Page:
The cast boasts some extraordinary performances, particularly the depth and subtlety of Elizabeth Norment as Lavinia. And Kendall Rileigh as Birdie Bagtry personifies that compassion, desperation, determination, bewilderment and pride particular to the Southern aristocracy and reminiscent of Tennessee Williams's heroines. The two women make a tragedy of sensitivity. Ben Curtis is exceptional in the difficult role of Oscar, the romantic but ineffectual clown who is relentlessly ridiculed, the inevitable consequence being that he will become a wife-beating bully. Ryah Nixon is a standout as pugnacious Laurette Sincee, a self-professed and unrepentant whore, and the only person who expresses contempt for Marcus Hubbard to his face. Christopher Kelly is, as Captain John Bagtry, just the kind of Byronic ex-soldier a 20-year-old would fall for, never noticing that what passes for idealism is actually a lack of imagination. As the servants, Coralee and Jacob, Perri Gaffney and Anthony Willis Jr. are dignified and aware, their silent though chorus-like presence emphasizing the Hubbards' barbarity. Still, in this day and age, it is difficult to see African American supernumeraries with no voice. In The Little Foxes, it is the "Negro" Addie who is largely responsible for the moral awakening of Regina's daughter, and she is given the most memorable speech in that play: "...[There] are people who eat the earth and all the people on it...Then there are people who stand around and watch them eat it."
Finally there are the Titans—Ben, Regina, and Marcus. Matthew Floyd Miller, Stephanie Wright Thompson, and Sherman Howard (respectively) deliver authoritative and credible performances, but only Howard achieves the requisite size. And all tend towards one note rather than evincing complex nuanced characters. The writing fails the characters insofar as it reasons behavior but offers few opportunities to theatricalize it. Still, more resourceful directing and acting would have discovered more unexpected depth, perhaps showing the deep disappointment Marcus feels in his sons and his profound anxiety about his own virility; the pain under Ben's sarcasm; the vulnerability that Regina's self-interest vanquishes, and that she is not merely amoral but admirably unwilling to become her mother. These are hugely demanding roles, and I have no doubt this cast will grow into them.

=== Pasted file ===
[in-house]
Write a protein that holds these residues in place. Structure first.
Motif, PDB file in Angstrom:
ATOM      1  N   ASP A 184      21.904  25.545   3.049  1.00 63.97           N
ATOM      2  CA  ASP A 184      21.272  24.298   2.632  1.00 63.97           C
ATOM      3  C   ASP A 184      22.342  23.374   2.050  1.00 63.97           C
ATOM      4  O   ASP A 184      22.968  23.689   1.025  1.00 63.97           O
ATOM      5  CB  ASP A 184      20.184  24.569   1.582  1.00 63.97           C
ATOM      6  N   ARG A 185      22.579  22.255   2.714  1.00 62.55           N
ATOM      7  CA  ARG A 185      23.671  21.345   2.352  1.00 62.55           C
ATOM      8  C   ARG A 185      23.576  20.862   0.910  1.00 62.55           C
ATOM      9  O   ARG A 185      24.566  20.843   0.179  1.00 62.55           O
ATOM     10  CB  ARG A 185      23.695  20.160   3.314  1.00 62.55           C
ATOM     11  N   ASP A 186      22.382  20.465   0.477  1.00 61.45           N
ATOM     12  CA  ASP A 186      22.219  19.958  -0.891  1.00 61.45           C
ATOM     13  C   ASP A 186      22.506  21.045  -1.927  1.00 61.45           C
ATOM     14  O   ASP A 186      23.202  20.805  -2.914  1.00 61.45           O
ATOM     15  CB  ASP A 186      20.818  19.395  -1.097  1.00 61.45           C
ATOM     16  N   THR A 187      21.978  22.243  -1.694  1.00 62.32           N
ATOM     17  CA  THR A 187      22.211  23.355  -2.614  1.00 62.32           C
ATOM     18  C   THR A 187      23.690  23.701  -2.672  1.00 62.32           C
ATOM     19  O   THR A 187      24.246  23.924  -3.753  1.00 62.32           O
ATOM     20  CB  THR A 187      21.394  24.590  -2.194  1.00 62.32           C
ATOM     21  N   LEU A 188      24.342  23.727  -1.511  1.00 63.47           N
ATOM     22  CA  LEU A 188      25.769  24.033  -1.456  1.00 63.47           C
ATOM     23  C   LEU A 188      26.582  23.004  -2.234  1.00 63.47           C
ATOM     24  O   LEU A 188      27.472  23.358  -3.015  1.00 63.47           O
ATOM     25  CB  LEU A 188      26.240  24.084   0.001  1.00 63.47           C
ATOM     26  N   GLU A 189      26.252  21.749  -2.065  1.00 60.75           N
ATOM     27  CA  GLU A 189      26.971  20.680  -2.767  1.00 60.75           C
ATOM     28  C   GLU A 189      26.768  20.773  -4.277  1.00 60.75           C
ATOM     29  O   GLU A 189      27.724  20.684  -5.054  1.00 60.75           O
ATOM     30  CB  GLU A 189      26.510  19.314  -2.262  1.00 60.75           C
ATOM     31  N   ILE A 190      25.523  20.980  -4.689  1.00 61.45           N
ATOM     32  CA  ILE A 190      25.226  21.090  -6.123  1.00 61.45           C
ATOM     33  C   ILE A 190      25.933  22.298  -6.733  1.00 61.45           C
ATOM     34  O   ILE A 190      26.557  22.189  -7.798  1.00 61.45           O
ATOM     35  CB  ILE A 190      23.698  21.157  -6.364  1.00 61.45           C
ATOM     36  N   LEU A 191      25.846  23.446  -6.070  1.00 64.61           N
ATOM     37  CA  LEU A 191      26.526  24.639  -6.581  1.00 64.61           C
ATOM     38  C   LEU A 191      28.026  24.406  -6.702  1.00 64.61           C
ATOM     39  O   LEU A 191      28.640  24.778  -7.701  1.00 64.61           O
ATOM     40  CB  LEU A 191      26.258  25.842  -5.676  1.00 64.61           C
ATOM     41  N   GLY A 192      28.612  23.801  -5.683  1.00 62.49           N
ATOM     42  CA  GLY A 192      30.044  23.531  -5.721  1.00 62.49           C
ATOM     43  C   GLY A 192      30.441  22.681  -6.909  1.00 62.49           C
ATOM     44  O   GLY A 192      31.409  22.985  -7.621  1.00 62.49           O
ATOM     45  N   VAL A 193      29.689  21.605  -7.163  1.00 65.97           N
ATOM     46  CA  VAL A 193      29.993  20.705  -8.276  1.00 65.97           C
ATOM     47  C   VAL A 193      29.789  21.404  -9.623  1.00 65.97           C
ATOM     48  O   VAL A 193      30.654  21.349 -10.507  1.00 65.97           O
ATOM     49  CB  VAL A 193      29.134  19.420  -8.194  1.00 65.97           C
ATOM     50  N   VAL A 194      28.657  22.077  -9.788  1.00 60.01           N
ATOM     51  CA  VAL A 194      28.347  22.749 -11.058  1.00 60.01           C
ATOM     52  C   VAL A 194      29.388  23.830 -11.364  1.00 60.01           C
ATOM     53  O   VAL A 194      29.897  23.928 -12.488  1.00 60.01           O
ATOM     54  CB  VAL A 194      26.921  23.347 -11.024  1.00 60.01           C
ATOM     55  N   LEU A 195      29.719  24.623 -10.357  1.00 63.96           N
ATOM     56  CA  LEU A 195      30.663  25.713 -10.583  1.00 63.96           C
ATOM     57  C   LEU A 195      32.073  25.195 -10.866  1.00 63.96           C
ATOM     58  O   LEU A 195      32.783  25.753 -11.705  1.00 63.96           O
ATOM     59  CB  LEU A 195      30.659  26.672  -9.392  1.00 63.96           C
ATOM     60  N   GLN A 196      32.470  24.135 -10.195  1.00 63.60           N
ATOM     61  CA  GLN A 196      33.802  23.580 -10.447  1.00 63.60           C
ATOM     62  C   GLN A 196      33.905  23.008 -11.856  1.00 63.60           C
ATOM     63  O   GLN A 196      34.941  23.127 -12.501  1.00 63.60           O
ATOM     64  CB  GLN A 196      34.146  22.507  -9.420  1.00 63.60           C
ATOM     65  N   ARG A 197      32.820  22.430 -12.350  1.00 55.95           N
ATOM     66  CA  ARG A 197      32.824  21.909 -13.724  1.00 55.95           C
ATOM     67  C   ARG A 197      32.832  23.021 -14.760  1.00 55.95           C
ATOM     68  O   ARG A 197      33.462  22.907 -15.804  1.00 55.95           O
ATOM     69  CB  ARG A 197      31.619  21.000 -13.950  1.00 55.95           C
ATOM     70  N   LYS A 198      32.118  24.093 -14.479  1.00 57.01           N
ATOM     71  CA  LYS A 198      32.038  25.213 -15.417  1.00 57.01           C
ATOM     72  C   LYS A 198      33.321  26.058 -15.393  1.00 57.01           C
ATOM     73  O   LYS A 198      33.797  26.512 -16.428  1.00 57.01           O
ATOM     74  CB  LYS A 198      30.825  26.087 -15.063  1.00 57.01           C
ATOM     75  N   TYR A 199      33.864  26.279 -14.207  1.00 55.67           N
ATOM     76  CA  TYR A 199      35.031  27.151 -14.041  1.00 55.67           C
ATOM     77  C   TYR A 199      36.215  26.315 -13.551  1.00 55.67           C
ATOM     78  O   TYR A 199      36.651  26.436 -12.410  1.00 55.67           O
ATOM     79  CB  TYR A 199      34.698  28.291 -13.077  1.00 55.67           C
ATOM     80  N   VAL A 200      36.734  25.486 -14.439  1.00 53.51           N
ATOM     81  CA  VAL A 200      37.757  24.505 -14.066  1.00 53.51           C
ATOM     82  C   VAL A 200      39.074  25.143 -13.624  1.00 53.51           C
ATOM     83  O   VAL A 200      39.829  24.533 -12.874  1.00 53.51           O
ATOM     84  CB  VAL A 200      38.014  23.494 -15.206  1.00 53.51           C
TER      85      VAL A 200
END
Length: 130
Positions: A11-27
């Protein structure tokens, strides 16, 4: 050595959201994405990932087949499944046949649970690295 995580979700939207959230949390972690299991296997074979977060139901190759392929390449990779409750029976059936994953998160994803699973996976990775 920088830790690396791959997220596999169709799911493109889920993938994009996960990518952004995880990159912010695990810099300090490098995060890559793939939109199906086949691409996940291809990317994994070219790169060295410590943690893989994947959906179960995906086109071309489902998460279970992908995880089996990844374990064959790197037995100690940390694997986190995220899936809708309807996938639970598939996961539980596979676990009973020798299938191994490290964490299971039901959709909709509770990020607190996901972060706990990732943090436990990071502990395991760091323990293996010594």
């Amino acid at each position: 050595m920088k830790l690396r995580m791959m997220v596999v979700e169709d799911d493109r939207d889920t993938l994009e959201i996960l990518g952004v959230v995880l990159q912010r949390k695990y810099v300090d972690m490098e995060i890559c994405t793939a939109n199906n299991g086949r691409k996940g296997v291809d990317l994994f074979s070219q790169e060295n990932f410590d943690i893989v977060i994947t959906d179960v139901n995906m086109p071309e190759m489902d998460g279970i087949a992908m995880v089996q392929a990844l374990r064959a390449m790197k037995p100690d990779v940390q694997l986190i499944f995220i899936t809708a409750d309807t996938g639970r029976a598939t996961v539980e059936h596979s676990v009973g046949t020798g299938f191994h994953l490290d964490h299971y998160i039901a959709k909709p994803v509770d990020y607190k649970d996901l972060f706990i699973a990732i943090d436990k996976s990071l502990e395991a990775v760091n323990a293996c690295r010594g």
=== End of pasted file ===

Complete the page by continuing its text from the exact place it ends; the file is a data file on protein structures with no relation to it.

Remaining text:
Joseph Spirito delivers an impressively substantial set that conjures the appropriated tastefulness in which the Hubbards can never be at home. My quibble with both the set and the lights, designed by Kate Ashton, is their coldness fails to capture the oppressive heat of a Southern summer, and the irritability that engenders. Amy C. Bradshaw's costumes are intentionally vulgar, showing Regina has more ambition than taste, yet they seem too theatrical for the otherwise naturalistic world of the production, or to have been made by a well-known Chicago purveyor.
But these are mostly minor criticisms. This is a generally accomplished production of a significant play, successful in its time and largely forgotten. It's an engaging fast-paced two hours and 40 minutes, and you will not be tempted to leave during the one intermission. Another Part of the Forest and The Little Foxes are peculiarly American. Both are about money. Just as The Children's Hour seemed to predict McCarthyism, so do these two plays "predict" the rampant capitalism of the 20th century. Now, in the 21st, the consequences of unchecked greed and unscrupulousness could not be more apparent. Thanks again to Peccadillo for rescuing yet another gem from obscurity.